The best known volume by Eric Voegelin is The New Science of Politics (1952). His discussion of philosophical and revolutionary “gnosticism” is the most popularized aspect of the work; however, in this post I want to examine the concept of “representation” that Voegelin uses to evaluate political cultures of both the past and modernity.
An interesting point made at the outset is the author’s critique of “value-free” science as it developed in the nineteenth century. According to Voegelin it “was created through the positivistic conceit that only propositions concerning facts of the phenomenal world were ‘objective,’ while judgments concerning the right order of soul and society were ‘subjective.'” As one student of the German thinker puts it, “the quality of life in a society is determined by the degree of order in the souls of the politically and socially predominant persons in it.”
This is the starting point for understanding Voegelin’s notion of “representation,” which is much more than ballot boxes and legislative assemblies. An outwardly “democratic” framework may not always adequately voice a society’s deeper aspirations. This was true for Weimar Germany (1919-33), which implemented republican mechanisms, but quickly deteriorated under the demands of leftist and fascist agitation. The government did not develop organically – the transition from monarchy to democracy was too abrupt. Likewise, overly optimistic attempts to impose Anglo-American regimes on Third World countries during the past century have frequently met with disaster.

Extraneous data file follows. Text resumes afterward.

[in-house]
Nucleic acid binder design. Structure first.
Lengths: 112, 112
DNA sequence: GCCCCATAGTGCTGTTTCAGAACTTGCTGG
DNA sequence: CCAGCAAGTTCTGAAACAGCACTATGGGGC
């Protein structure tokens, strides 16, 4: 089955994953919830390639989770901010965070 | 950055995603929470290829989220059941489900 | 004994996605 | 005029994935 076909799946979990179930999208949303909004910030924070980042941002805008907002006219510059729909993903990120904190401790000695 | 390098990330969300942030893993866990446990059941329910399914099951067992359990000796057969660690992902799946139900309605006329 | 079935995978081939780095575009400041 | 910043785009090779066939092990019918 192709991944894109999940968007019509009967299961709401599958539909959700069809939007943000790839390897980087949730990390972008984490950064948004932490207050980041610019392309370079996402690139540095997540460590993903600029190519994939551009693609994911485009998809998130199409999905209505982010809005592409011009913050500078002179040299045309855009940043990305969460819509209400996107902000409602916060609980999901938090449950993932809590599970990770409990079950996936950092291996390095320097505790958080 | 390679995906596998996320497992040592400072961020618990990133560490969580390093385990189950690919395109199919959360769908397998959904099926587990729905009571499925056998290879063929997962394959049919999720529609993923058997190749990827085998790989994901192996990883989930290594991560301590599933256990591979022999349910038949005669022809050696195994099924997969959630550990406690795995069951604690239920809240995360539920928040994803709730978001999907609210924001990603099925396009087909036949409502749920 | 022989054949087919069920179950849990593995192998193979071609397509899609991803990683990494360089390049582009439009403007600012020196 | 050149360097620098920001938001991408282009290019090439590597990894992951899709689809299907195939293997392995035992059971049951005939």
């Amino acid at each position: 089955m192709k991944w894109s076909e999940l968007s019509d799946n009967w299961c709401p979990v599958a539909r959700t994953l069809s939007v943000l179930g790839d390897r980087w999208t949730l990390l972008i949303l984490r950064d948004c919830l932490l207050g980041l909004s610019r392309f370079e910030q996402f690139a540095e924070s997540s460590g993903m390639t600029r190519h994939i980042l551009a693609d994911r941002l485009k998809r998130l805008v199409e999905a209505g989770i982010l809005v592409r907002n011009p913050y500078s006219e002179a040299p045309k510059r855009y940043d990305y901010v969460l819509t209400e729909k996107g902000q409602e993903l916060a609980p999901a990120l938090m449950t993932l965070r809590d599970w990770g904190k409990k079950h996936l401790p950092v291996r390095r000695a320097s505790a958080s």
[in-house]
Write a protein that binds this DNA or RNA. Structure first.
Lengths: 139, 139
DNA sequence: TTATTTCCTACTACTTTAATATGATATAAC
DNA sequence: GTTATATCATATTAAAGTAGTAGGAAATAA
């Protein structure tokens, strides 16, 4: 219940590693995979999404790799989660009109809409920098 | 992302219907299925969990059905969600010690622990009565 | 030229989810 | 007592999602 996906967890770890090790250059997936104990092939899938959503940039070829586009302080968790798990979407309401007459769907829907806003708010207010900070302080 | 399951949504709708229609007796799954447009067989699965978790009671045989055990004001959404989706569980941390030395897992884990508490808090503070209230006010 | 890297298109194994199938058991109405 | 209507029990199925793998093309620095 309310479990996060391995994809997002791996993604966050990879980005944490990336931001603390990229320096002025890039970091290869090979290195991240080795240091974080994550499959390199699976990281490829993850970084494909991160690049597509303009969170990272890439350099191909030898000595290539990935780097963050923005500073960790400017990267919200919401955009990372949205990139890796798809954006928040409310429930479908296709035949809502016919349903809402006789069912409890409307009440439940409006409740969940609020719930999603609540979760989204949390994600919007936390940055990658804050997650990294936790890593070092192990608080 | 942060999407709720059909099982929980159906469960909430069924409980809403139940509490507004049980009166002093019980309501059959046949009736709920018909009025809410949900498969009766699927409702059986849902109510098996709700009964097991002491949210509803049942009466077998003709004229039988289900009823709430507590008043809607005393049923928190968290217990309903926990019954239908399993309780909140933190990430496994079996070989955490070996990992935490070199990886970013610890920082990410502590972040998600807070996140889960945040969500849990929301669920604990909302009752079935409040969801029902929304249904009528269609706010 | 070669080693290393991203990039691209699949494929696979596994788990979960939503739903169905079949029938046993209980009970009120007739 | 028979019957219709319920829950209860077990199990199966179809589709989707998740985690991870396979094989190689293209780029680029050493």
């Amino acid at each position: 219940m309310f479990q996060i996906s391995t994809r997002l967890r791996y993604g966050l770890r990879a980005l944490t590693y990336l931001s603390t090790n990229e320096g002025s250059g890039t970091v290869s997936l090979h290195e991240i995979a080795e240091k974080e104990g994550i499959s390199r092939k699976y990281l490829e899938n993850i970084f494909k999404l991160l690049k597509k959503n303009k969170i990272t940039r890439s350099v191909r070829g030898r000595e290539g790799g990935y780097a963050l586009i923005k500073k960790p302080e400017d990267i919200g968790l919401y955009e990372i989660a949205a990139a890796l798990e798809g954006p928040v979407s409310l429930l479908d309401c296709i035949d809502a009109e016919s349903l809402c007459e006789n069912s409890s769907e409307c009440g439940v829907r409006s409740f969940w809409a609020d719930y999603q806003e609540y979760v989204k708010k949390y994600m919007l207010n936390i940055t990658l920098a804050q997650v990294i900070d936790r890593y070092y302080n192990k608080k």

If a government is nothing but representative in the constitutional sense, a representative ruler in the existential sense will sooner or later make an end of it; and quite possibly the new existential ruler will not be too representative in the constitutional sense.
He is undoubtedly alluding to Hitler, whose dictatorship he openly opposed. It is not that Voegelin disdains the classic western system. He also reminds us that the idea of making the individual, rather than the class or community, the primary unit of representation was unique to that heritage. Nevertheless, he notes, as do other critics of the Enlightenment model, that political science cannot begin “with a tabula rasa on which it can inscribe its concepts; it will inevitably start from the rich body of self-interpretation” and the “symbols” of religion and culture which precede everything else.
“Value-free” theories of order do not satisfy a basic human instinct for meaning and purpose. Any attempt to eliminate metaphysics creates an unstable vacuum. We see this even in those regimes which claim to radically overthrow tradition. “In Marxian dialectics… the truth of cosmic order [which underlay the empires of the past] is replaced by the truth of a historically immanent order.” In other words, totalitarian utopians impose new forms of worship, albeit inverted in their aim and perverted in their method.